By Cindy M. Cranmer A Rockford man, who has been making balloon animals for children for more than 20 years, has sold the first art piece sculpture he has made of balloons to Ripley’s Believe It or Not museums after it was noticed at ArtPrize 2012. James Perry’s ArtPrize piece, titled Clown Fish, consists of 3,131 balloons and more than 2,500 feet of wire. The entry was six and a half feet long and about seven feet tall with an additional 300 to 400 balloons in the base. Perry said Ripley’s art buyer Edward Meyer, Vice President of Exhibits for Ripley Entertainment, was in Grand Rapids looking at more than 75 pieces of art. Ripley’s looks for strange, amazing and unusual art pieces for their 32 museums in 10 countries and on four continents around the world. The bright colors and kid-friendly nature along with the unusual makeup of the sculpture – balloons – attracted Ripley’s. Perry said he believes his piece is heading to the museum in Panama City, Fla. “I did this ArtPrize entry for my own amusement,” Perry said. “I was happy with it. I wasn’t sure what I was going to do with it after ArtPrize though, so I’m thrilled Ripley’s wanted it. I didn’t really keep track of my cost too much. I was happy with their offer. I didn’t really want to bring it home. I wanted it to go somewhere people could enjoy it.” Perry said the piece should last for a few years before the balloons start deteriorating if it is well cared for. Besides his Clown Fish entry at Courtyard by Marriott, Perry made more than 1,000 balloon animals at ArtPrize. He said he just enjoyed being a part of the whole experience. “I had a lot of fun down there,” Perry said. “It was a blast. I wanted to do something bright and colorful for ArtPrize. I wanted it to reflect what I do.” Perry makes more than 30,000 balloon animals a year. Originally, he planned it to be a one time thing but now is considering other possibilities for future years. Perry, a graduate of Ringling Brothers and Barnum and Bailey Clown College, is a full-time performer. His shows, through his company Fun […]
by Cindy M. Cranmer A Rockford man is one of the co-creators of an ArtPrize entry being discussed locally and internationally after thousands and thousands of participants and spectators gathered Friday night to help Mark Carpenter and Dan Johnson realize their vision for ArtPrize and landing their entry in the top 10. Dan Johnson, of Rockford, and Mark Carpenter, of Grand Rapids, both felt the event was an extreme success with more than 50,000 people in attendance. Round two of ArtPrize voting opened on Sunday, Sept. 30 and runs through Thursday, Oct. 4. ArtPrize attendees can vote for one of the top 10 entries with the code to vote for Lights in the Night being 52910. See related story on the top 10 ArtPrize entries. The theme of Lights in the Night is to symbolize where hope takes flight in the form of sky lanterns representing individual hopes, dreams and wishes. More than 15,000 Chinese sky lanterns were launched from coordinated key points in the downtown Grand Rapids area on Friday, Sept. 28. “You offer up your dreams and hopes for the future or even reconcile events of your past in a symbolic lantern launch,” the entry described. Being at this event Friday night, this reporter was able to experience Lights in the Night firsthand. The sense of community, the emotional outpouring of feelings and the awe of seeing the lanterns in the sky was amazing. While words such as “magical,” “beautiful,” “wonderful,” “amazing,” “enchanting” and “inspiring” were used to describe the launch, it is much harder to put in words the sense of community and the overflowing of emotions at the event. The event made a last impression, which was the goal, Johnson said. Some have criticized Lights in the Night as the event skyrocketed in a 24-hour period through the ratings bypassing the top 100 and the top 50 on its climb to the top 25 and then to the top 10. Johnson told The Rockford Squire the key components of ArtPrize are to “get out of the box” and find something that is art but is not as traditional, to involve the community and to leave a lasting impression. “It was super successful on all three of those accounts,” Johnson said. “Our […]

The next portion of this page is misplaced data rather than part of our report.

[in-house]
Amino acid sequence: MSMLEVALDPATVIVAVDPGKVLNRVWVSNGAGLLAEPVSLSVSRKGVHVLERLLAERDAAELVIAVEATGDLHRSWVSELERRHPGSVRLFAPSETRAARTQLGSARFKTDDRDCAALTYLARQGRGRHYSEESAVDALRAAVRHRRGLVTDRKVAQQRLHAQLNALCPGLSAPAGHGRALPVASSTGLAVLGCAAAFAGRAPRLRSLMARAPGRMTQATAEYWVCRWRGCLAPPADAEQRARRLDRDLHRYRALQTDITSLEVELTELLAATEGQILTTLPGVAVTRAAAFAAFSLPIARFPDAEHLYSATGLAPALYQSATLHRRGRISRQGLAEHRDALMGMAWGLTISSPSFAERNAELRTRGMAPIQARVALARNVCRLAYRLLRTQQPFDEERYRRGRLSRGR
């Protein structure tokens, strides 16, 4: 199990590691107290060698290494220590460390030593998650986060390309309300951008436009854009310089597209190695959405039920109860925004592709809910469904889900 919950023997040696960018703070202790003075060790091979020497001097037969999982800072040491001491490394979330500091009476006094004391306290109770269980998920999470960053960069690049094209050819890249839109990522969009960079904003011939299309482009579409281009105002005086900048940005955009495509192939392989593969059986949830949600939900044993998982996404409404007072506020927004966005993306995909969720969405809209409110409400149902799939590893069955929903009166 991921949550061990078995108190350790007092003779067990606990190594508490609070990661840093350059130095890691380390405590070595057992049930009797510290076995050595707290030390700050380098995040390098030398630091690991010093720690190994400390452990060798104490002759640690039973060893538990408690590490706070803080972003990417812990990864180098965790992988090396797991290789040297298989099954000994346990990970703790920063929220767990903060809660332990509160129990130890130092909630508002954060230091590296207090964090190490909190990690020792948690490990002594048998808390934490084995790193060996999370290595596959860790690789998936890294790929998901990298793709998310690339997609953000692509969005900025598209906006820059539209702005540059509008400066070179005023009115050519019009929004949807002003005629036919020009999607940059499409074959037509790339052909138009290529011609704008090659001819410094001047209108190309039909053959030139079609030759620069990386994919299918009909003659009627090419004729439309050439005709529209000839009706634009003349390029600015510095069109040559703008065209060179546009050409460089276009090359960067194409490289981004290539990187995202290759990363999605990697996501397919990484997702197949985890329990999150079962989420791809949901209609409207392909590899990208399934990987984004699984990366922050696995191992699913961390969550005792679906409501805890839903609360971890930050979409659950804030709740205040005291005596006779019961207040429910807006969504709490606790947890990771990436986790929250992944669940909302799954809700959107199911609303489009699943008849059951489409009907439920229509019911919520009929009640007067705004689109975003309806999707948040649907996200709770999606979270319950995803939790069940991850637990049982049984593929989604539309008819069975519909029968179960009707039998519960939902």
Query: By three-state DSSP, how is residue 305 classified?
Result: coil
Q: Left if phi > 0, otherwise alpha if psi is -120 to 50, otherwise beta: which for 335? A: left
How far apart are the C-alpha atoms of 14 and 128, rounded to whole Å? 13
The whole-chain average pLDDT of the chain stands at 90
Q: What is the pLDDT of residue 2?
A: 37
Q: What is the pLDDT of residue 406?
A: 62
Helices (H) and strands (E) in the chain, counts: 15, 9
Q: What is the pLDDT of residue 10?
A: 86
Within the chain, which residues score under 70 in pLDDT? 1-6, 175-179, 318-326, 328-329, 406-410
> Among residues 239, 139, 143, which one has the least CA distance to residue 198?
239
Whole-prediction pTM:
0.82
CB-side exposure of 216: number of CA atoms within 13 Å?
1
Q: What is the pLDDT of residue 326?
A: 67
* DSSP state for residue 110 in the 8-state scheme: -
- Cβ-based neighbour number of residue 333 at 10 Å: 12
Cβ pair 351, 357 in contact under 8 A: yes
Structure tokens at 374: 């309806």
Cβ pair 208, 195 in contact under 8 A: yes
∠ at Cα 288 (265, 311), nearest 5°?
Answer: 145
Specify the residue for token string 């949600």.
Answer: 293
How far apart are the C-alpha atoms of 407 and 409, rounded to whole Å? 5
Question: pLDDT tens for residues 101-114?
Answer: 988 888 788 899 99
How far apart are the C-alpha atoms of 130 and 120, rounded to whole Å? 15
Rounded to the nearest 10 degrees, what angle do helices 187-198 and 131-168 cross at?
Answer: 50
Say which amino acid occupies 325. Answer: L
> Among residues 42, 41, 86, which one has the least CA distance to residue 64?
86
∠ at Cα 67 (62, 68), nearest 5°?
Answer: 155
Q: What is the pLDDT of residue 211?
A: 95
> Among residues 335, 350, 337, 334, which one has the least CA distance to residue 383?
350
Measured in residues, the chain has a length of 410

by BETH ALTENA When you have over 200 beautiful white tailed deer fenced adjacent to a major road, people will stop and want to see them. That’s the experience of the Powell family, who opened their working deer farm in 2003. Located at 7850 14 Mile Road (M-57), their 80-acre business has received a lot of attention from passersby. They tried to accommodate curious visitors to the best of their ability, but the farm wasn’t really set up for tours. Now it is. Deer Tracks Junction is now open for business as a family destination with hands-on live animal interaction, a stage coach ride through the pens of hundreds of live and spectacular deer, a chance for kids to touch a real reindeer or baby yak, a play train with cars for climbing, crawling and exploring a three-level maze car, plus an indoor facility featuring spectacular mounts of caribou, Musk ox, wolves and an auditorium for live education shows featuring actors in costume. “Once you buy your ticket, you can just enjoy the day here,” said owner Kelly Powell, who operates Deer Tracks Junction with his wife Hilary and 16-year-old son Tyler. At just $10 a ticket, from the play train, the Stage Coach Ride, live shows, and life sized animal mounts to the different old-fashioned, Wild West stations within the Deer Tracks Junction building, the price is a great buy. He said he wants his working deer farm shows and tours to be affordable for families and believes visitors will support his vision. Other business people in the area believe the farm will add to the reasons people come to the area. The family made the decision to expand into what is called Agricultural tourism because it made sense to them on many levels. They hope to bring something unique, exciting and valuable to the area as a legacy and as a living. “It’s hard in Michigan right now,” said Powell. “I don’t want my son to have to leave the state to find a job.” Deer Tracks not only will be the future livelihood for Tyler, but offered the family the chance to hire others who help in the business. The work is seasonal, but at a recent job fair at the ranch […]